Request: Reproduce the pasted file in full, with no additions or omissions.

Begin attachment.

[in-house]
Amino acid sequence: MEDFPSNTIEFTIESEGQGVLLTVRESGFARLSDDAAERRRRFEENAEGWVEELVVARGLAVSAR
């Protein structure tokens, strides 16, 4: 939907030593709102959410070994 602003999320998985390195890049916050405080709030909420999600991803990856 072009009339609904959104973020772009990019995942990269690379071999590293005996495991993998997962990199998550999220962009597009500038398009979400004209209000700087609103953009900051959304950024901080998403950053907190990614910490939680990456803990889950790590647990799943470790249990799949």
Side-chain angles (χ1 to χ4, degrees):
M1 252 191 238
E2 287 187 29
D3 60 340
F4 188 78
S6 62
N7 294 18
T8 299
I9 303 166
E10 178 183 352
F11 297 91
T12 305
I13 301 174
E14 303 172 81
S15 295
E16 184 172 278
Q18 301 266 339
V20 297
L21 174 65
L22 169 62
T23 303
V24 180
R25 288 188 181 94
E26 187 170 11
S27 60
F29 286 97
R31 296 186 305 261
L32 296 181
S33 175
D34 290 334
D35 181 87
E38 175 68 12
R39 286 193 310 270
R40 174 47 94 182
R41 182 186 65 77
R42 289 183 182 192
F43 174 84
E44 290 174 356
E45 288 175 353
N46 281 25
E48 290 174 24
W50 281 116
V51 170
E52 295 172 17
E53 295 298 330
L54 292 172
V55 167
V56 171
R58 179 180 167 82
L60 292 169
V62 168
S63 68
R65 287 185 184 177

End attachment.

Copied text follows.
[in-house]
Amino acid sequence: MEDFPSNTIEFTIESEGQGVLLTVRESGFARLSDDAAERRRRFEENAEGWVEELVVARGLAVSAR
């Protein structure tokens, strides 16, 4: 939907030593709102959410070994 602003999320998985390195890049916050405080709030909420999600991803990856 072009009339609904959104973020772009990019995942990269690379071999590293005996495991993998997962990199998550999220962009597009500038398009979400004209209000700087609103953009900051959304950024901080998403950053907190990614910490939680990456803990889950790590647990799943470790249990799949």
Side-chain angles (χ1 to χ4, degrees):
M1 252 191 238
E2 287 187 29
D3 60 340
F4 188 78
S6 62
N7 294 18
T8 299
I9 303 166
E10 178 183 352
F11 297 91
T12 305
I13 301 174
E14 303 172 81
S15 295
E16 184 172 278
Q18 301 266 339
V20 297
L21 174 65
L22 169 62
T23 303
V24 180
R25 288 188 181 94
E26 187 170 11
S27 60
F29 286 97
R31 296 186 305 261
L32 296 181
S33 175
D34 290 334
D35 181 87
E38 175 68 12
R39 286 193 310 270
R40 174 47 94 182
R41 182 186 65 77
R42 289 183 182 192
F43 174 84
E44 290 174 356
E45 288 175 353
N46 281 25
E48 290 174 24
W50 281 116
V51 170
E52 295 172 17
E53 295 298 330
L54 292 172
V55 167
V56 171
R58 179 180 167 82
L60 292 169
V62 168
S63 68
R65 287 185 184 177